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Long-wavelength variations in Earth’s geoid: physical models and dynamical implications

Hager, B. H. and Richards, M. A. (1989) Long-wavelength variations in Earth’s geoid: physical models and dynamical implications. Philosophical transactions of the Royal Society of London. Series A: Mathematical and physical sciences, 328 (1599). pp. 309-327. ISSN 0080-4614. https://resolver.caltech.edu/CaltechAUTHORS:20200929-143507118

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Abstract

The seismic velocity anomalies resolved by seismic tomography are associated with variations in density that lead to convective flow and to dynamically maintained topography at the Earth’s surface, the core-mantle boundary (CMB), and any interior chemical boundaries that might exist. The dynamic topography resulting from a given density field is very sensitive to viscosity structure and to chemical stratification. The mass anomalies resulting from dynamic topography have a major effect on the geoid, which places strong constraints on mantle structure. Almost 90% of the observed geoid can be explained by density anomalies inferred from tomography and a model of subducted slabs, along with the resulting dynamic topography predicted for an Earth model with a low-viscosity asthenosphere (ca. 10²⁰ Pa s) overlying a moderate viscosity (ca. 10^(22.5) Pa s) lower mantle. This viscosity stratification would lead to rapid mixing in the asthenosphere, with little mixing in the lower mantle. Chemically stratified models can also explain the geoid, but they predict hundreds of kilometres of dynamic topography at the 670 km discontinuity, a prediction currently unsupported by observation. A low-viscosity or chemically distinct D" layer tends to decouple CMB topography from convective circulation in the overlying mantle. Dynamic topography at the surface should result in long-term changes in eustatic sea level.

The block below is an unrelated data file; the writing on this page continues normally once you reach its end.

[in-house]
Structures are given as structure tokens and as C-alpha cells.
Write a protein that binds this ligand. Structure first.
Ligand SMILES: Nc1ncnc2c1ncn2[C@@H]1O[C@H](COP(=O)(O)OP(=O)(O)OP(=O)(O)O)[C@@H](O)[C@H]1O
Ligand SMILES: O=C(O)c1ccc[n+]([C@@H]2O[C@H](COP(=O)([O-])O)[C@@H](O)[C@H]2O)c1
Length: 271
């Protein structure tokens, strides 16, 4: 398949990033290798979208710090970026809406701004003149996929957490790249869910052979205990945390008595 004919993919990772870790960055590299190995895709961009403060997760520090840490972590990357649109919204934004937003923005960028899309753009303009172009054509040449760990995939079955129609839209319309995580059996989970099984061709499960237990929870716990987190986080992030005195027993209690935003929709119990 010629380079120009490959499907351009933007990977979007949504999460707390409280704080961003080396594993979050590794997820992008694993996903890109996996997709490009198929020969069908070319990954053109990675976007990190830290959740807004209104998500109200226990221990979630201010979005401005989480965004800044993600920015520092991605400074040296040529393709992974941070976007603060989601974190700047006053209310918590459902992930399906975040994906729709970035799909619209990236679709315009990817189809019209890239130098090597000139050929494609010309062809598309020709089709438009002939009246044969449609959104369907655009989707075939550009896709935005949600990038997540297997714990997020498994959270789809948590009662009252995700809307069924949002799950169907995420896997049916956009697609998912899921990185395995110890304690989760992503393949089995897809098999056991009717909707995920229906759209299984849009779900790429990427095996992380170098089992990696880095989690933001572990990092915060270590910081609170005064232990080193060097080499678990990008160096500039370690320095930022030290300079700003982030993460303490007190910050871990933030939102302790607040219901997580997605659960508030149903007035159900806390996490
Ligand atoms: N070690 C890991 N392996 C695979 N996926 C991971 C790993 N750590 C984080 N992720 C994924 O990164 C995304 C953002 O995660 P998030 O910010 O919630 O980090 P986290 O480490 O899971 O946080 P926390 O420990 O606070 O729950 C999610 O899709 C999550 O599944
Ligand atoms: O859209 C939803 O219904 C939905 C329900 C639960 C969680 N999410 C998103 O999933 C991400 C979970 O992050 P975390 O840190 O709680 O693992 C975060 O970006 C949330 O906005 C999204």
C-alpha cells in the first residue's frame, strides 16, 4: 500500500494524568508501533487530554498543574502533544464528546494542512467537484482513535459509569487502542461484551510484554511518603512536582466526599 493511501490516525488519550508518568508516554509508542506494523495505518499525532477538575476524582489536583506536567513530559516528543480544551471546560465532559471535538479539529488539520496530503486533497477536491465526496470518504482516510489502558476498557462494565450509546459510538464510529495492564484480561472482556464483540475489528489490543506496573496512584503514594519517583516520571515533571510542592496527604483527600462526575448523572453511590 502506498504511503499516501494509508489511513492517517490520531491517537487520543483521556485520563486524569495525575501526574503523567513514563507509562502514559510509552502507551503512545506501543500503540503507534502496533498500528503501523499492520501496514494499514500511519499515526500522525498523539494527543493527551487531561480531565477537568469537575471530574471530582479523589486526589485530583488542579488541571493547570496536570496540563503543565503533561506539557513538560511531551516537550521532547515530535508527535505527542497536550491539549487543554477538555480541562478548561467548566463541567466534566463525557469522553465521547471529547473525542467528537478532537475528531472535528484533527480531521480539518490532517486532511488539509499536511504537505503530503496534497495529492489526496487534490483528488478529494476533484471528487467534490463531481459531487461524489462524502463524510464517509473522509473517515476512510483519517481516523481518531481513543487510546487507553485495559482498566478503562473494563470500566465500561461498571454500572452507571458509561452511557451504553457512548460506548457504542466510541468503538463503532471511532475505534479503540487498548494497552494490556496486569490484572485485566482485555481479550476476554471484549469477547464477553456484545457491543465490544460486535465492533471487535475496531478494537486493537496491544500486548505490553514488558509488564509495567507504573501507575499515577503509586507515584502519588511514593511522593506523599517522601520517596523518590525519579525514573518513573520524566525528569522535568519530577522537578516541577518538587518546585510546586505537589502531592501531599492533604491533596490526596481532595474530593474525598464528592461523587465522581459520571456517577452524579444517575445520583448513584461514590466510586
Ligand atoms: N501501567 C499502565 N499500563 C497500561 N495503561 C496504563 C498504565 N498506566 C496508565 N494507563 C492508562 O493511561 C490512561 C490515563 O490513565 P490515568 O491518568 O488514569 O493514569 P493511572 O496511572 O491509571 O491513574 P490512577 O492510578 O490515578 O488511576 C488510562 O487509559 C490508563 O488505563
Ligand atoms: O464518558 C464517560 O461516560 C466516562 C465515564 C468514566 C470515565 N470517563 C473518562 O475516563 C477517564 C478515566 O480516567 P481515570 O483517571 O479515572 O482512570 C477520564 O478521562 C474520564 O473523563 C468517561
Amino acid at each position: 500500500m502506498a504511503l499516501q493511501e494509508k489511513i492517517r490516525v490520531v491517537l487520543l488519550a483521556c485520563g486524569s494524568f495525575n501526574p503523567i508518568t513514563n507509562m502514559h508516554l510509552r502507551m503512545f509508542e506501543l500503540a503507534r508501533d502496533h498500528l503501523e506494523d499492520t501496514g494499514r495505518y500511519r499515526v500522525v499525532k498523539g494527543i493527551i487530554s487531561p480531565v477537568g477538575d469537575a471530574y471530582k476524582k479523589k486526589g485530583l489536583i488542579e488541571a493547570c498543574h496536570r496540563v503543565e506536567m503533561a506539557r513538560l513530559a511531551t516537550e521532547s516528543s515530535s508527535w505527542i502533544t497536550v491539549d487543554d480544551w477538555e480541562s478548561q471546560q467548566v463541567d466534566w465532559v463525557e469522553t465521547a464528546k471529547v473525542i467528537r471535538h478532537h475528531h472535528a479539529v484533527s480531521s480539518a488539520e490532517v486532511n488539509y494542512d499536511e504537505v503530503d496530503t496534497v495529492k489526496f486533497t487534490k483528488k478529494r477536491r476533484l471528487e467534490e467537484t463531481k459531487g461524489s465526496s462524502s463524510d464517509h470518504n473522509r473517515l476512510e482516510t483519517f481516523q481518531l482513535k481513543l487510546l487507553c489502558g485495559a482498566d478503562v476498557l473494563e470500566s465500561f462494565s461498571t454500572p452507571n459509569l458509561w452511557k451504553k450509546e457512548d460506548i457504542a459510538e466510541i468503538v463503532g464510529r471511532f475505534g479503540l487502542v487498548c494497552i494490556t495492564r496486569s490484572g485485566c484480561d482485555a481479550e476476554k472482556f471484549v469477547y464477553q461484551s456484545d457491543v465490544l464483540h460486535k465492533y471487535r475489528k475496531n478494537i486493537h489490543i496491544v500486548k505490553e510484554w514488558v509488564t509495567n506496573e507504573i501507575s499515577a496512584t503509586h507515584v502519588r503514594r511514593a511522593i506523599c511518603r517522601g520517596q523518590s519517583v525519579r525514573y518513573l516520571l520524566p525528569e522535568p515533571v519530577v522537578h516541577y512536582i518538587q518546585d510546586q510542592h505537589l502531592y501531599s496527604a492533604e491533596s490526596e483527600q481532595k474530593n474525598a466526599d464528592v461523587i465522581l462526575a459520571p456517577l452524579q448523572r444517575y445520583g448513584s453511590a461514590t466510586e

Item Type:Article
Related URLs:
URLURL TypeDescription
https://doi.org/10.1098/rsta.1989.0038DOIArticle
ORCID:
AuthorORCID
Hager, B. H.0000-0002-5643-1374
Additional Information:© 1989 Royal Society. Close interaction with R. W. Clayton, R. P. Comer, and R. J. O’Connell was essential to this research. Critical reviews by D. L. Anderson, U. R. Christensen, W. Kiefer, and B. Parsons improved the manuscript substantially. This work was supported by NASA grants NAG5-315 and NAG5-842. This is contribution number 4625, Division of Geological and Planetary Sciences, California Institute of Technology, Pasadena, California 91125.
Group:Seismological Laboratory
Funders:
Funding AgencyGrant Number
NASANAG5-315
NASANAG5-842
Other Numbering System:
Other Numbering System NameOther Numbering System ID
Caltech Division of Geological and Planetary Sciences4625
Issue or Number:1599
Record Number:CaltechAUTHORS:20200929-143507118
Persistent URL:https://resolver.caltech.edu/CaltechAUTHORS:20200929-143507118
Official Citation:Hager B. H. and Richards M. A. 1989 Long-wavelength variations in Earth’s geoid: physical models and dynamical implications Philosophical Transactions of the Royal Society of London. Series A, Mathematical and Physical Sciences 328:309–327 http://doi.org/10.1098/rsta.1989.0038
Usage Policy:No commercial reproduction, distribution, display or performance rights in this work are provided.
ID Code:105648
Collection:CaltechAUTHORS
Deposited By: George Porter
Deposited On:30 Sep 2020 14:26
Last Modified:30 Sep 2020 14:26

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